In a major legal rebuke to the Bush administration's assertive and often secretive handling of the war on terror, a federal judge in Michigan ordered the administration to immediately cease operation of its warrantless domestic surveillance program.
The decision by Judge Anna Diggs Taylor of the U.S. District Court for the Eastern District of Michigan, which comes in a lawsuit filed in January, will not be enforced until after a hearing on Sept. 7, when the federal government will have a chance to argue before the judge against today's decision.
Taylor refuted the government argument that the case be dismissed because a public defense of the program in court could jeopardize its efficacy as a tool in the war on terror.
"It was never the intent of the framers to give the president such unfettered control," she wrote in the opinion, "particularly where his actions blatantly disregard the parameters clearly enumerated in the Bill of Rights. The three separate branches of government were developed as a check and balance for one another."
Even if Taylor rules after the Sept. 7 hearing that the injunction should stand and the program should be shut down, further appeals from the government seem a foregone conclusion.
Still, the plaintiffs in the lawsuit, which include the American Civil Liberties Union, several journalists, and the Council on American-Islamic Relations, said they feared the government was monitoring their communications without a warrant.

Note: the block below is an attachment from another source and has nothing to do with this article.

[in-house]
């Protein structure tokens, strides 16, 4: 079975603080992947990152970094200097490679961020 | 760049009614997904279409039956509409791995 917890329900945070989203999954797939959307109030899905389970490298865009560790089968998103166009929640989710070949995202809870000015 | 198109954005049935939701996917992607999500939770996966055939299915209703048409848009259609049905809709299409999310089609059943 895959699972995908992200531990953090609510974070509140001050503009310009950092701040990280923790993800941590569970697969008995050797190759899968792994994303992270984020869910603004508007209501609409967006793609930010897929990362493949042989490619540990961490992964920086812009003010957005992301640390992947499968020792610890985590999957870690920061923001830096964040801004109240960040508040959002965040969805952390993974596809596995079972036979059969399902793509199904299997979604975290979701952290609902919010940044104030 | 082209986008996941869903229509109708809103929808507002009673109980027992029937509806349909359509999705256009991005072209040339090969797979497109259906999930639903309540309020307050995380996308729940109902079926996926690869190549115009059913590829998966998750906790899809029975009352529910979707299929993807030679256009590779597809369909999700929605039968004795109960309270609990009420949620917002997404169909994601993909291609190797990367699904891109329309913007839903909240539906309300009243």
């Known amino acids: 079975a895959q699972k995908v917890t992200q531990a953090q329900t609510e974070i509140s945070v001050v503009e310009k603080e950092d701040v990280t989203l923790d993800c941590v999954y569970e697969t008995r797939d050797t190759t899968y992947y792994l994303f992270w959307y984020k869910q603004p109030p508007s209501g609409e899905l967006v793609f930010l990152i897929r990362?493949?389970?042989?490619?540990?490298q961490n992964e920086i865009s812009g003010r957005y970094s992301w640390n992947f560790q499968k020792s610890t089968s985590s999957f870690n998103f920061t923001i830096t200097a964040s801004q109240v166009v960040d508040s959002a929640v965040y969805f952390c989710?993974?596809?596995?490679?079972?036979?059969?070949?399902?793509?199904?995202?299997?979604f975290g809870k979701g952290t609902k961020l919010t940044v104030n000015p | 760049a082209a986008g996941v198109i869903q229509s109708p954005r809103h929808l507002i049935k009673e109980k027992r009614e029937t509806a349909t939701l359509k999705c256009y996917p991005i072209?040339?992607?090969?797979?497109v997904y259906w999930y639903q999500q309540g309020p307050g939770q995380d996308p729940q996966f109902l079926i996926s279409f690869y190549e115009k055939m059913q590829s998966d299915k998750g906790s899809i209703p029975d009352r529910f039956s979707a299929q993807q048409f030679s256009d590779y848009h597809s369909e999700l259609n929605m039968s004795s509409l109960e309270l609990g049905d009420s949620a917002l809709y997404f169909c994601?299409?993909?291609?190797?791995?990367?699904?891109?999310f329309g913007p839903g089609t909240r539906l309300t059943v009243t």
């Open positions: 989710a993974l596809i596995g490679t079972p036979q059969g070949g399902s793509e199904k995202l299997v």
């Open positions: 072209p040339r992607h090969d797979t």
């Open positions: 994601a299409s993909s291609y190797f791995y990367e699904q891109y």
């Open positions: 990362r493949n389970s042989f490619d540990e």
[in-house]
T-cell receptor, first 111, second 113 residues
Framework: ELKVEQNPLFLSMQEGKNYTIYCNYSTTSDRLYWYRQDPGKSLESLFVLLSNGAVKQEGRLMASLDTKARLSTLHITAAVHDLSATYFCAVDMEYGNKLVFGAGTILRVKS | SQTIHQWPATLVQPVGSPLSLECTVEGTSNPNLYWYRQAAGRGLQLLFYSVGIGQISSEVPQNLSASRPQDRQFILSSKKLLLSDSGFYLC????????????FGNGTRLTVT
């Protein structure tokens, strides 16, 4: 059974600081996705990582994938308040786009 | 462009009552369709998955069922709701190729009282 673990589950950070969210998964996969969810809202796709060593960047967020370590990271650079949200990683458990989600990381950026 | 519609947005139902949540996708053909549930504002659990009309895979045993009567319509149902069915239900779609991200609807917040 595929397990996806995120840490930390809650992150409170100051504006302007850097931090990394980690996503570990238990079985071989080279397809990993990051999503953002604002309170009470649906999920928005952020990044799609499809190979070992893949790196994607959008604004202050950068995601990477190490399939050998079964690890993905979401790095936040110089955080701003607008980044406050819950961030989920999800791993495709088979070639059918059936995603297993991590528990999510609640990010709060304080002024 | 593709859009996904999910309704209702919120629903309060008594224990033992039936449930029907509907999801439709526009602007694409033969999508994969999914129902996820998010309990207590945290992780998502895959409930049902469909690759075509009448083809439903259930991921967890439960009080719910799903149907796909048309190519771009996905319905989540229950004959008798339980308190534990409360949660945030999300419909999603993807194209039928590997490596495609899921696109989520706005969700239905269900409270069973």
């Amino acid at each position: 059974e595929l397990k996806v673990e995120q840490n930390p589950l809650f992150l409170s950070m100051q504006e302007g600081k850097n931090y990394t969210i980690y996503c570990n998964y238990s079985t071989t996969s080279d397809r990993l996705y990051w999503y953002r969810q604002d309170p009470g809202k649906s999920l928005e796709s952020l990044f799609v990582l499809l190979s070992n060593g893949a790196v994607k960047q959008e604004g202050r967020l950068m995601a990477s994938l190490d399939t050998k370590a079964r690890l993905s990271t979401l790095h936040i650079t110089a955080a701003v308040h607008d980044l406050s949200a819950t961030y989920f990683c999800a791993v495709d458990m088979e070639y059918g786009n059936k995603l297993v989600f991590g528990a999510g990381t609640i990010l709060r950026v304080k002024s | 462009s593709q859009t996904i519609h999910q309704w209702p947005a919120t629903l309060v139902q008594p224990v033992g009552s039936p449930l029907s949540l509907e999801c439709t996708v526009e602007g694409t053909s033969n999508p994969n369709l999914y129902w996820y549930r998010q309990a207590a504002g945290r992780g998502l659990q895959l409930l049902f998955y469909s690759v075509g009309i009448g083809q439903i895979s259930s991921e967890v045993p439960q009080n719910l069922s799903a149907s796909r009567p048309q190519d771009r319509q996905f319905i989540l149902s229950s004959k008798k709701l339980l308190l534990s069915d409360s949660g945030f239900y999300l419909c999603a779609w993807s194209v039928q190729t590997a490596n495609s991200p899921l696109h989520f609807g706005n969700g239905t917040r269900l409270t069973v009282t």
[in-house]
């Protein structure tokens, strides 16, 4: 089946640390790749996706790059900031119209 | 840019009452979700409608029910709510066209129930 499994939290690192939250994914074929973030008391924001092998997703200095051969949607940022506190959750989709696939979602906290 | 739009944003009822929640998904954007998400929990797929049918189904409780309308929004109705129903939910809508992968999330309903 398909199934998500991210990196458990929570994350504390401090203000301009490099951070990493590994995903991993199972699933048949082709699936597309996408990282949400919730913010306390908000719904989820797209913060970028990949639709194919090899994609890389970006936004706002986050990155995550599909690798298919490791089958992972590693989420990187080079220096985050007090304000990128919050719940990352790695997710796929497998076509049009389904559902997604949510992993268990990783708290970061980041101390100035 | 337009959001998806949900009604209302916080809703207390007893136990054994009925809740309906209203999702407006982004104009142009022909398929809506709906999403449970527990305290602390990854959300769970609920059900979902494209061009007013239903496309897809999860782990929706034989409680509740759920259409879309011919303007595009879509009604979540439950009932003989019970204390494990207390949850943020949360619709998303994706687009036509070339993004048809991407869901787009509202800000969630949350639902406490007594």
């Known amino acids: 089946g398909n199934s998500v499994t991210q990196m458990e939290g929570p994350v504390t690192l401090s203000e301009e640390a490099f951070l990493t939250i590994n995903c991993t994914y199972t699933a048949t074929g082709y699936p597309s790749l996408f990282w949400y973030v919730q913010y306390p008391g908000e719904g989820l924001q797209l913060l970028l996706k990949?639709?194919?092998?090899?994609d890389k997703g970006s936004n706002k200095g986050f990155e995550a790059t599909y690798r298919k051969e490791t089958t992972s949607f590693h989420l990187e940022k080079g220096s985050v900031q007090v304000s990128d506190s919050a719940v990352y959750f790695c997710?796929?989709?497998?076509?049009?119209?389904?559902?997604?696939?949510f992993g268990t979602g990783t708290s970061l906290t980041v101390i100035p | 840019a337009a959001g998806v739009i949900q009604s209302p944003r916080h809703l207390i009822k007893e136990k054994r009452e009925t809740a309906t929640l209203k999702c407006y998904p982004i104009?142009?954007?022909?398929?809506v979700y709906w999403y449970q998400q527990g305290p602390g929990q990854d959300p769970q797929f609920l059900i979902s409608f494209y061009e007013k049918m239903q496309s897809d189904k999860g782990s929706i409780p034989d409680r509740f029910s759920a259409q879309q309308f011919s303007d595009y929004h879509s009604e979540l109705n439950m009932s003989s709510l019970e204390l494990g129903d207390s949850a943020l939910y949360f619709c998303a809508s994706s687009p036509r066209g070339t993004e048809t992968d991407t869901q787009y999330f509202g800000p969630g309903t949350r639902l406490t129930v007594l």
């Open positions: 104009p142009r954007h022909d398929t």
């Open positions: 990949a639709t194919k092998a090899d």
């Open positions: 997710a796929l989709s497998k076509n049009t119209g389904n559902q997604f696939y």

"Today's ruling is a landmark victory against the abuse of power that has become the hallmark of the Bush administration," ACLU executive director Anthony D. Romero said. "Government spying on innocent Americans without any kind of warrant and without congressional approval runs counter to the very foundations of our democracy. We hope that Congress follows the lead of the court and demands that the president adhere to the rule of law."
Advocates of the program, both in Congress and inside the administration, said immediately that the ruling would weaken the United States in the war on terror.
White House Press Secretary Tony Snow said in a written statement that the administration "could not disagree with this ruling more."
Snow also invoked the recent foiling by British and Pakistani authorities of an alleged plot to blow up planes flying from England to the United States, though he did not say whether the domestic surveillance program yielded information used in the investigation.
The injunction is the first decisive action by the federal court system against the warrantless domestic spying program since press reports of the program, which were leaked to the New York Times, were published late in 2005.
In a 44-page decision, Taylor ruled that the terror surveillance program, as described by the White House and administration, violates both the Constitution and the Foreign Intelligence Surveillance Act of 1978.
Taylor disagreed with the Bush administration's argument that Congress had implicitly authorized the program when it authorized the use of force in executing the war on terror.
Attorney General Alberto Gonzales, at a press conference in Washington, defended the program as a vital part of the daily fight against terror. He said it is firmly rooted in established law and has been vetted on a regular, ongoing basis by lawyers both in the administration and at the National Security Agency, though not by outside attorneys.